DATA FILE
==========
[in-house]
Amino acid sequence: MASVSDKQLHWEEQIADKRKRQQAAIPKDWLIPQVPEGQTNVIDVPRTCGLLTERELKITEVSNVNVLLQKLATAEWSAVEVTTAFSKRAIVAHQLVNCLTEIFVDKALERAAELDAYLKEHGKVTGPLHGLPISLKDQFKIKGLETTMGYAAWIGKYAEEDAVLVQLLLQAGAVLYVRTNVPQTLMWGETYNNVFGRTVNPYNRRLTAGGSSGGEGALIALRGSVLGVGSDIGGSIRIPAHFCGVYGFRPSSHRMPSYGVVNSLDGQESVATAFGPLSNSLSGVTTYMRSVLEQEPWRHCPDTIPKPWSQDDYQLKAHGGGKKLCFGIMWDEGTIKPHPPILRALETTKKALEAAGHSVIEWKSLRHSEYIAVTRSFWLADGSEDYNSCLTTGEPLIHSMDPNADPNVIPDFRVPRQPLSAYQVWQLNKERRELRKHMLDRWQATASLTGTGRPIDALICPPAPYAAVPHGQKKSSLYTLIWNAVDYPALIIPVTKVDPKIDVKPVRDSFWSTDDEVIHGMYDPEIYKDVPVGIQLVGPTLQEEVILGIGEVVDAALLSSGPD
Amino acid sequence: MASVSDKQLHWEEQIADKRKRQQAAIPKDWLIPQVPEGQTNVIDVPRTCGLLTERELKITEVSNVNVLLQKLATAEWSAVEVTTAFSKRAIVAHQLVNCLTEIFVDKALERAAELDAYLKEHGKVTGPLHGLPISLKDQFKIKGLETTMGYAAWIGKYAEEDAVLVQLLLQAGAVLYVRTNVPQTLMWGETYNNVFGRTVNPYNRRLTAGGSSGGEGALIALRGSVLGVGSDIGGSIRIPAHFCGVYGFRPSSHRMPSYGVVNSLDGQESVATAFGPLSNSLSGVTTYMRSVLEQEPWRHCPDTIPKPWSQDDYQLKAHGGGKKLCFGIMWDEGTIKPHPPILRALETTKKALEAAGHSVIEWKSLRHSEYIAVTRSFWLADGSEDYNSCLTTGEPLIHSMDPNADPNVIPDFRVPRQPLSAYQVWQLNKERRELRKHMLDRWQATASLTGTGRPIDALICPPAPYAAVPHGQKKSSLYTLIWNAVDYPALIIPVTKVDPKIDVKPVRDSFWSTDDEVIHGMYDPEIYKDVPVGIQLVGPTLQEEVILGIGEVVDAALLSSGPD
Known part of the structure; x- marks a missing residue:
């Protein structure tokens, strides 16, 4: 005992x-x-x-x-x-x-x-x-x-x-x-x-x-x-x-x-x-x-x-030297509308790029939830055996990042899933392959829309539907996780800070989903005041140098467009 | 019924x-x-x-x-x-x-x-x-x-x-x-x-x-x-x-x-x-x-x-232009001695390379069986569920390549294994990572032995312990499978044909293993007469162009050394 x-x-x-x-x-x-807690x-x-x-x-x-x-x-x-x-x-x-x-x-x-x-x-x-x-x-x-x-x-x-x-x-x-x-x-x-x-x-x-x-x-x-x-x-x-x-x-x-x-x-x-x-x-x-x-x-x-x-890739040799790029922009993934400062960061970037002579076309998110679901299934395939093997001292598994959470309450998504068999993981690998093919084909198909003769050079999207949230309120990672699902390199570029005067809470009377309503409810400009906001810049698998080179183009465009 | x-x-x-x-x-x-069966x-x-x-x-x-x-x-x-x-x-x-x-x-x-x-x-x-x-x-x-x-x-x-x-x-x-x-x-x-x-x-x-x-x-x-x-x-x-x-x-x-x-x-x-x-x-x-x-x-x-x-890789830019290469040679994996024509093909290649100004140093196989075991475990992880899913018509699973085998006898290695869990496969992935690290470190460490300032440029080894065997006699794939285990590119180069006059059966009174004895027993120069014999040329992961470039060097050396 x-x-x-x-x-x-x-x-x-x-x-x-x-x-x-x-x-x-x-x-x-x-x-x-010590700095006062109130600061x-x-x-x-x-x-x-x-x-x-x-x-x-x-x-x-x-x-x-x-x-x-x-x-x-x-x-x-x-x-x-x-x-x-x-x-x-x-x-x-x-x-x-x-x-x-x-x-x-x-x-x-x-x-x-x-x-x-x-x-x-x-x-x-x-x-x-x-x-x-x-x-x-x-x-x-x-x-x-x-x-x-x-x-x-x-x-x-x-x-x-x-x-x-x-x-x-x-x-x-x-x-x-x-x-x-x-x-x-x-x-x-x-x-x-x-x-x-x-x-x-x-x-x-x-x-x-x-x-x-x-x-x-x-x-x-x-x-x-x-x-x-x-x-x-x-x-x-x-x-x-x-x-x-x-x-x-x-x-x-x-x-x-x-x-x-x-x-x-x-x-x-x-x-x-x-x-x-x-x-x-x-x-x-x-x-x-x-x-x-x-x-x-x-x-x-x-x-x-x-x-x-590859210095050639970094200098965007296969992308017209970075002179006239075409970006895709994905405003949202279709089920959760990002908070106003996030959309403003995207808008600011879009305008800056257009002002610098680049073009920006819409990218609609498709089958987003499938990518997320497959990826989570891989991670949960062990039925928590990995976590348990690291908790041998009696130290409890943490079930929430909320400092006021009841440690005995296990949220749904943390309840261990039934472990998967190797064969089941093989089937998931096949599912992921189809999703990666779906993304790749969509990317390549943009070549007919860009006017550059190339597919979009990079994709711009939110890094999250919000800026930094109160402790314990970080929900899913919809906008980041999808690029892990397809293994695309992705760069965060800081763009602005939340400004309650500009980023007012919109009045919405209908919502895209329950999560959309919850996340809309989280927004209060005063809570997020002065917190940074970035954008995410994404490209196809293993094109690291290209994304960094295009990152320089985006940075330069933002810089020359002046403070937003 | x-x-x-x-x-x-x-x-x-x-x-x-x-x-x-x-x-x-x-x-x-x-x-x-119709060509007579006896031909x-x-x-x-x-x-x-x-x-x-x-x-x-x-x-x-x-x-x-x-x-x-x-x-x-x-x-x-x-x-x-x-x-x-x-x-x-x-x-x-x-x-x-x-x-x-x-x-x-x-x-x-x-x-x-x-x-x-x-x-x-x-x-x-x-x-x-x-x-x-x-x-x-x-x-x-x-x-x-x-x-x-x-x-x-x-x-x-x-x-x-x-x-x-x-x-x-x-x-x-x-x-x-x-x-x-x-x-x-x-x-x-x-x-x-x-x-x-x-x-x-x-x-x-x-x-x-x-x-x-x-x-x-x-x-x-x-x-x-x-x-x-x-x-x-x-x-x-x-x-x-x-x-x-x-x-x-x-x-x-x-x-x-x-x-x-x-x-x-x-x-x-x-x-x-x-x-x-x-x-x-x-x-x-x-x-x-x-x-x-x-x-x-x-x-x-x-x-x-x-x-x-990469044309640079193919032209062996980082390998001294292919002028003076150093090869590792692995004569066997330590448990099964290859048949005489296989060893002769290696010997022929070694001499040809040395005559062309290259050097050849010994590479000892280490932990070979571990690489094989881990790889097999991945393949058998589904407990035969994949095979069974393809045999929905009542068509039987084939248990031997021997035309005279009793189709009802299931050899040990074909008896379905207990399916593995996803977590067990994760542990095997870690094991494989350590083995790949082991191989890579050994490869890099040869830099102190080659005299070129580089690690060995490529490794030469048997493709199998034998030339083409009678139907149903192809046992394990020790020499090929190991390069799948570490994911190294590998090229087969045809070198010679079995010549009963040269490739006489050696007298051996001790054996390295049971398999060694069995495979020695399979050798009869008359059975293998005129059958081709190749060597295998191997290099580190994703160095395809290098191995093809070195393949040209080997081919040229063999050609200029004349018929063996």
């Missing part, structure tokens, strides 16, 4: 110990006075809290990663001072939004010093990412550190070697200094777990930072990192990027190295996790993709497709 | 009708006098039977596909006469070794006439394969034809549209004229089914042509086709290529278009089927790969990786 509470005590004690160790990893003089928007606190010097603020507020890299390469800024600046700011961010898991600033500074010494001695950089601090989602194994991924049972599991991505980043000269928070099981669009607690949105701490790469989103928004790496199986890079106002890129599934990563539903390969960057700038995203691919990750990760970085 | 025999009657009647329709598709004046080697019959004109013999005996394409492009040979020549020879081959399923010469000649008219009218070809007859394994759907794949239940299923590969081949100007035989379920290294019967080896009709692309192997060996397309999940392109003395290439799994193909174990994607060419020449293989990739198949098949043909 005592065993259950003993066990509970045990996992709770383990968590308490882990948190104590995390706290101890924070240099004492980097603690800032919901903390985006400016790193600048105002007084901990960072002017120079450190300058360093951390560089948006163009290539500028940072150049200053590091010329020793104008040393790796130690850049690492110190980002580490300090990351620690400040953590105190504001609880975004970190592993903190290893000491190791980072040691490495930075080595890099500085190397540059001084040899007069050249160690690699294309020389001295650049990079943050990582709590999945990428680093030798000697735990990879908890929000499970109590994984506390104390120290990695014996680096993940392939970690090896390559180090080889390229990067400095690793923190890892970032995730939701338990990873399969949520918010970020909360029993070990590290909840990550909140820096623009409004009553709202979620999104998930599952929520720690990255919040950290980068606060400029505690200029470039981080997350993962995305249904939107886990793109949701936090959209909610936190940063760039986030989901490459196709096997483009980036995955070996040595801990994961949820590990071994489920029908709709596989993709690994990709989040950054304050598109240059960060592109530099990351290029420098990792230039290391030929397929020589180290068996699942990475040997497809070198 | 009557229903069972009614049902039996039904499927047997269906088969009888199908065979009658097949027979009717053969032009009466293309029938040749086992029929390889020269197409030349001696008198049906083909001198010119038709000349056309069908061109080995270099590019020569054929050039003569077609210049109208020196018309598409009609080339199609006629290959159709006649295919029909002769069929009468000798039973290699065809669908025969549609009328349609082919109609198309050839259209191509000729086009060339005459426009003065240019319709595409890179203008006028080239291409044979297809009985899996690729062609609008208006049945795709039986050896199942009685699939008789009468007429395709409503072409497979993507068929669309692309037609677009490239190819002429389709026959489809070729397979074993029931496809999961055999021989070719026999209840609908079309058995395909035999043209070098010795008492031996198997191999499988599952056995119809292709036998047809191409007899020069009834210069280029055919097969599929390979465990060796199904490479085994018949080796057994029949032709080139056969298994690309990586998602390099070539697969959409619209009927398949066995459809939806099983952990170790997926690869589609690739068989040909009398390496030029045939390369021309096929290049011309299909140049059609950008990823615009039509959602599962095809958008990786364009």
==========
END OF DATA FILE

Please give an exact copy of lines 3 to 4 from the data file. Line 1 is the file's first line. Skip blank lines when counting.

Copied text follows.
Amino acid sequence: MASVSDKQLHWEEQIADKRKRQQAAIPKDWLIPQVPEGQTNVIDVPRTCGLLTERELKITEVSNVNVLLQKLATAEWSAVEVTTAFSKRAIVAHQLVNCLTEIFVDKALERAAELDAYLKEHGKVTGPLHGLPISLKDQFKIKGLETTMGYAAWIGKYAEEDAVLVQLLLQAGAVLYVRTNVPQTLMWGETYNNVFGRTVNPYNRRLTAGGSSGGEGALIALRGSVLGVGSDIGGSIRIPAHFCGVYGFRPSSHRMPSYGVVNSLDGQESVATAFGPLSNSLSGVTTYMRSVLEQEPWRHCPDTIPKPWSQDDYQLKAHGGGKKLCFGIMWDEGTIKPHPPILRALETTKKALEAAGHSVIEWKSLRHSEYIAVTRSFWLADGSEDYNSCLTTGEPLIHSMDPNADPNVIPDFRVPRQPLSAYQVWQLNKERRELRKHMLDRWQATASLTGTGRPIDALICPPAPYAAVPHGQKKSSLYTLIWNAVDYPALIIPVTKVDPKIDVKPVRDSFWSTDDEVIHGMYDPEIYKDVPVGIQLVGPTLQEEVILGIGEVVDAALLSSGPD
Known part of the structure; x- marks a missing residue: